TCN: Was late lawyer Shahid Azmi associated with your case?
Shaikh: Yes. He was the defence lawyer of 5-6 accused in the case. He built a good defence case for us. He would also fight for those who did not have a lawyer. He was an inspirational and strong defence lawyer.

It was he who went to Jamiat Ulama-e-Hind (a Muslim religious body) in connection with our case. The Jamiat agreed to move to the Supreme Court. He was a one-man army and encouraged us a lot. He had been in jail too. He knew how to live and what to do in jail. He taught the same to us.

He told us that he studied from inside the jail. He studied law during his time in prison. I got inspired and pursued the same course from inside the prison. 

We were sure that most of us would be out if he were alive. After he was killed, we had to hire other defence lawyers. We got in trouble. In our case, the conviction rate is very high. Except for me, all the other 12 accused have been convicted by the court [a sessions court in Mumbai].

TCN: Your father died just a year after your arrest. Was his death linked to your ordeal in any way?
Shaikh: My father was an asthma patient and was grief-stricken due to my imprisonment. He suffered an asthma attack in 2007, just a year after my arrest and died in a government hospital. With the court’s permission, I went to my house and led his funeral prayer. It was a painful moment for me.

TCN: Do you feel the film does justice to your story?
Shaikh: Yes. The way the film has depicted my journey of 9-10 years in just two hours is good. The director narrated the story well.  

I want everyone in the country, whether they are Hindu or Muslim, to watch the film and understand the pain of Wahid Shaikh: GAMARE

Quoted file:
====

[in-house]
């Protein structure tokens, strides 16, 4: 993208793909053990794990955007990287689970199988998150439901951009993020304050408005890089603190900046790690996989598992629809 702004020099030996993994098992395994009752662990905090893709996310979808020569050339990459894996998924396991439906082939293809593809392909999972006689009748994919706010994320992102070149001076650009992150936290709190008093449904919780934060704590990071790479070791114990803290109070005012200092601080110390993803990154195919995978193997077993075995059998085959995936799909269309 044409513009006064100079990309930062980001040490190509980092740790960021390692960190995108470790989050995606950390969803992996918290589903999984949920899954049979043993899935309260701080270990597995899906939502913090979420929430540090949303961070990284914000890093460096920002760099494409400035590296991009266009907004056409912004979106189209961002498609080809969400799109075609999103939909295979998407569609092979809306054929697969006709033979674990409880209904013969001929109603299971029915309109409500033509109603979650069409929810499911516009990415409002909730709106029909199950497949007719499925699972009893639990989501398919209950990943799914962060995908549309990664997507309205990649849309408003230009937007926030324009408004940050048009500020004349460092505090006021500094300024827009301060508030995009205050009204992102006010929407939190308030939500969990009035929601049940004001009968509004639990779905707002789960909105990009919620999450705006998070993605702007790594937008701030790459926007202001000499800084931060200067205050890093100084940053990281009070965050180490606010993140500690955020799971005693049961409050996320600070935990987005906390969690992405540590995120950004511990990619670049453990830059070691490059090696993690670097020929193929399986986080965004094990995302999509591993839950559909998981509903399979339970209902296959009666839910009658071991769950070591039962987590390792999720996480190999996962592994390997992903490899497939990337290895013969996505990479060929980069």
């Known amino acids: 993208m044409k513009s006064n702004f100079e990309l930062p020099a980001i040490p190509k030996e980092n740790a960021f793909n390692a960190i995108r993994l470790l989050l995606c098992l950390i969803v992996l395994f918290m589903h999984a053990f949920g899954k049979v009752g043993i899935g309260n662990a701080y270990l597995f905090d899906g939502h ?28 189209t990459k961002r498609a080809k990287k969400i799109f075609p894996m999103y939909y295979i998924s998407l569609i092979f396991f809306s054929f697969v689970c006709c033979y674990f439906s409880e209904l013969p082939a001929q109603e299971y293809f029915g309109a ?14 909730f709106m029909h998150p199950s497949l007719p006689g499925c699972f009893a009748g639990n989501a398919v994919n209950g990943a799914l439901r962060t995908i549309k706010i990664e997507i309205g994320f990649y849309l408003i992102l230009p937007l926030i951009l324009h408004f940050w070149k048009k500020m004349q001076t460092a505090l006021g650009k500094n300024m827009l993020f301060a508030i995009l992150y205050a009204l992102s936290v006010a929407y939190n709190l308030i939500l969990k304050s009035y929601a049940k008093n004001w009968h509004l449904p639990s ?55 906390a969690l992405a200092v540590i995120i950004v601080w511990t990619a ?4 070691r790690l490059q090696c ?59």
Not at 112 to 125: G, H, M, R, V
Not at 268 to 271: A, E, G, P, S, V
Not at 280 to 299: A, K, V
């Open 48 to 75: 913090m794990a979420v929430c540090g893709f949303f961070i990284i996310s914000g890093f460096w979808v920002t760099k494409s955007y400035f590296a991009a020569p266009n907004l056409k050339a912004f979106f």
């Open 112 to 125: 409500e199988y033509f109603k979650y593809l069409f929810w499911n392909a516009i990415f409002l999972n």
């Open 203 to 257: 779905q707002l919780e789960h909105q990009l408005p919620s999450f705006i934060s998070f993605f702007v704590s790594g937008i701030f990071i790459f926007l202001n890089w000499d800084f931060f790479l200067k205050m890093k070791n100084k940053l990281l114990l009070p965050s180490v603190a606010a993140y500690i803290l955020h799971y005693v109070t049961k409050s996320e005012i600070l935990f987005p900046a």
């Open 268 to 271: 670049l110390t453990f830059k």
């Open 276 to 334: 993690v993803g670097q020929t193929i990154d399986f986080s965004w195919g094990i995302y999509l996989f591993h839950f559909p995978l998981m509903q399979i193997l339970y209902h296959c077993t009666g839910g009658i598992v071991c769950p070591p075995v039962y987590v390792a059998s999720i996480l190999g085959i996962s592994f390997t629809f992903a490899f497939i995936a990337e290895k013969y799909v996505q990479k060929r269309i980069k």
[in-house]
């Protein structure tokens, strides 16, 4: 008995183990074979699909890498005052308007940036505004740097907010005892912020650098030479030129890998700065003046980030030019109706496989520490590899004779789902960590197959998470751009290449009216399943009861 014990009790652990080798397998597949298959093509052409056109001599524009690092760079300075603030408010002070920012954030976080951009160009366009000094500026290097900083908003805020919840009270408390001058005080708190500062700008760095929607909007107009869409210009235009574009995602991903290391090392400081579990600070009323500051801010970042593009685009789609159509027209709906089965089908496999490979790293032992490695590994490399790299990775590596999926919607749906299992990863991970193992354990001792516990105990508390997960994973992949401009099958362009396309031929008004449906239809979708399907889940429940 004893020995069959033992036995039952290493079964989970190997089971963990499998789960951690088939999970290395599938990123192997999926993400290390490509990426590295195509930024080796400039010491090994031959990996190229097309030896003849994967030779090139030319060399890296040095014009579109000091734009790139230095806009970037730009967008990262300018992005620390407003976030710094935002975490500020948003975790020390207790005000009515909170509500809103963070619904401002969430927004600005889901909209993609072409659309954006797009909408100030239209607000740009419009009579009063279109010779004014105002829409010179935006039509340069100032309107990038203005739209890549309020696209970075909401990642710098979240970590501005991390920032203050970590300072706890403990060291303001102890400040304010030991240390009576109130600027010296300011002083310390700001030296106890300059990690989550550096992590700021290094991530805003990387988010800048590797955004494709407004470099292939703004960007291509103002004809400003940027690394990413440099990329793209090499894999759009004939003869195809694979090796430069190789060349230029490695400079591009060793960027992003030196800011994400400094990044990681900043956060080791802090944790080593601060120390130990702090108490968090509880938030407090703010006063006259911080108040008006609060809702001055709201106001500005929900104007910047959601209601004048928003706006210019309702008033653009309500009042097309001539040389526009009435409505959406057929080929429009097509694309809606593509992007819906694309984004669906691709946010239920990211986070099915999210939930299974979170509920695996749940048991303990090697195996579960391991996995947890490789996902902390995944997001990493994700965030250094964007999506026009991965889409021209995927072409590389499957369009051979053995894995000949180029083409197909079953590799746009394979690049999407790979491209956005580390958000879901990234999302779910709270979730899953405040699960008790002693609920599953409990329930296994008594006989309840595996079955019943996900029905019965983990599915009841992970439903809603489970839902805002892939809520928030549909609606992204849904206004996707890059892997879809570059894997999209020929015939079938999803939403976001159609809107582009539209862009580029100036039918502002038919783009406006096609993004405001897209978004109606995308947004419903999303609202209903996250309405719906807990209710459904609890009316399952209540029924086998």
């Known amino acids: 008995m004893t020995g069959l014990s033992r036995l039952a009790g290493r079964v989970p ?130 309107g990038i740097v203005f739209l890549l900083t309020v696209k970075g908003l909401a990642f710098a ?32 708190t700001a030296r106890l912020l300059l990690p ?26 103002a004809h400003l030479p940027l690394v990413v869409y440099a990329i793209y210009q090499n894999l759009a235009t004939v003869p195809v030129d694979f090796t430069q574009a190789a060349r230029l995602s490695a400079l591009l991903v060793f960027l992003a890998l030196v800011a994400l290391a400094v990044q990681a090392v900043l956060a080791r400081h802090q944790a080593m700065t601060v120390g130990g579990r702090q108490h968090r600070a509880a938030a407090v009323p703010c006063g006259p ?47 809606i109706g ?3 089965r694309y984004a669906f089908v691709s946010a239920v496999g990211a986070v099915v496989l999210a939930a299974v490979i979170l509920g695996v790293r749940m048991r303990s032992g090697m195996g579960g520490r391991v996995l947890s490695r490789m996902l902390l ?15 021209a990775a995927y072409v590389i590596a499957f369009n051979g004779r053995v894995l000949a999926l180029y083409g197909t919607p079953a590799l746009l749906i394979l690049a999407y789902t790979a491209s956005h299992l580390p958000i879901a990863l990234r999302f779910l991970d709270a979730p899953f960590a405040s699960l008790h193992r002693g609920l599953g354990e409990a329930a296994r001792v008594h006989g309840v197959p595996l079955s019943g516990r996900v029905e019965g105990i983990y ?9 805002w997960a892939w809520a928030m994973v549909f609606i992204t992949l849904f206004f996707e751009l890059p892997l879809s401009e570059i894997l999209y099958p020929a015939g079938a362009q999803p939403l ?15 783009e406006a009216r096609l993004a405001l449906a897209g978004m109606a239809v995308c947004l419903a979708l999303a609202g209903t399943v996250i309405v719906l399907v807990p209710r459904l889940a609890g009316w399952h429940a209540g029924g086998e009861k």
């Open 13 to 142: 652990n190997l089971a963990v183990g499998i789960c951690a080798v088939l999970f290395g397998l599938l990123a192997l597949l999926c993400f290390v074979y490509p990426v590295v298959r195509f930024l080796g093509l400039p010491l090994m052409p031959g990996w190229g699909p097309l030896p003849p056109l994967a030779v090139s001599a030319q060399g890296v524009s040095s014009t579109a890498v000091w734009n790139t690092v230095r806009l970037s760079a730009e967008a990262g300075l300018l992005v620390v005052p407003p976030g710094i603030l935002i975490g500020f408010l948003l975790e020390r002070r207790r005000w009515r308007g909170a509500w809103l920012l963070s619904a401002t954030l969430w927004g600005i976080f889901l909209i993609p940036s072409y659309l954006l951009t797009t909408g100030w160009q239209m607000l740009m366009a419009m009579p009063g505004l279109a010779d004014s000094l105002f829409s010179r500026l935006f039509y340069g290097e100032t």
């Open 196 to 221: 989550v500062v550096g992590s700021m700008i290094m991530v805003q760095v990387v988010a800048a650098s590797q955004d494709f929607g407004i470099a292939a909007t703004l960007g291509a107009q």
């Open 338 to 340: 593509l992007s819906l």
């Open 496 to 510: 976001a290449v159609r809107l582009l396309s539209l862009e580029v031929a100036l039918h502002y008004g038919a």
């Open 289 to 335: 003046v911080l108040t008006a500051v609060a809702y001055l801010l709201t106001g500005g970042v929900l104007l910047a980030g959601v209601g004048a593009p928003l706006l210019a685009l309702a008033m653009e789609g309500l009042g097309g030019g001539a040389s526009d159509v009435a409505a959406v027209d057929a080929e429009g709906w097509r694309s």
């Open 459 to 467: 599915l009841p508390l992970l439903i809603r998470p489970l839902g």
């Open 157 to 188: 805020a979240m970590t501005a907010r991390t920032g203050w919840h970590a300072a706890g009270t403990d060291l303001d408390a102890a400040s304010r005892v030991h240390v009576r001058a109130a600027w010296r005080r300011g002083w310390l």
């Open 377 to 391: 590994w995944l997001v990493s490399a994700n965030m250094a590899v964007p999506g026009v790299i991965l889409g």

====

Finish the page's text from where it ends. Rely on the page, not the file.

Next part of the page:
TCN: Why did you choose to make a movie on a Muslim character at a time when the political environment in the country is polarised?
Gamare: The film has nothing to do with the political environment. With great courage, we have tried to tell the story of a human being who has been oppressed. It doesn’t have anything to do with politics. 

I want everyone in the country—whether he is Hindu, Muslim or from any other religion or caste—to watch the film and understand the pain of Wahid Shaikh.

TCN: Why didn’t you rope in any big actor for the film?
Gamare: We did not have the budget for big actors. We made the film with just Rs one crore and its distribution cost was nearly Rs 2.5 to 3 crore.   

TCN: The film’s title ‘Haemolymph’ is strange and not easily understandable. What made you come up with such a title?
Gamare: If you google the name Haemolymph, you will find its meaning. It means ‘the blood of an ant’. From a common man’s perspective, it is about the fact that people belonging to the lower section of society are always ignored. We have tried to show their unseen blood through this film.

Hasan Akram is a journalist based in New Delhi. He writes on human rights and minority issues. He tweets at at @hasanakram01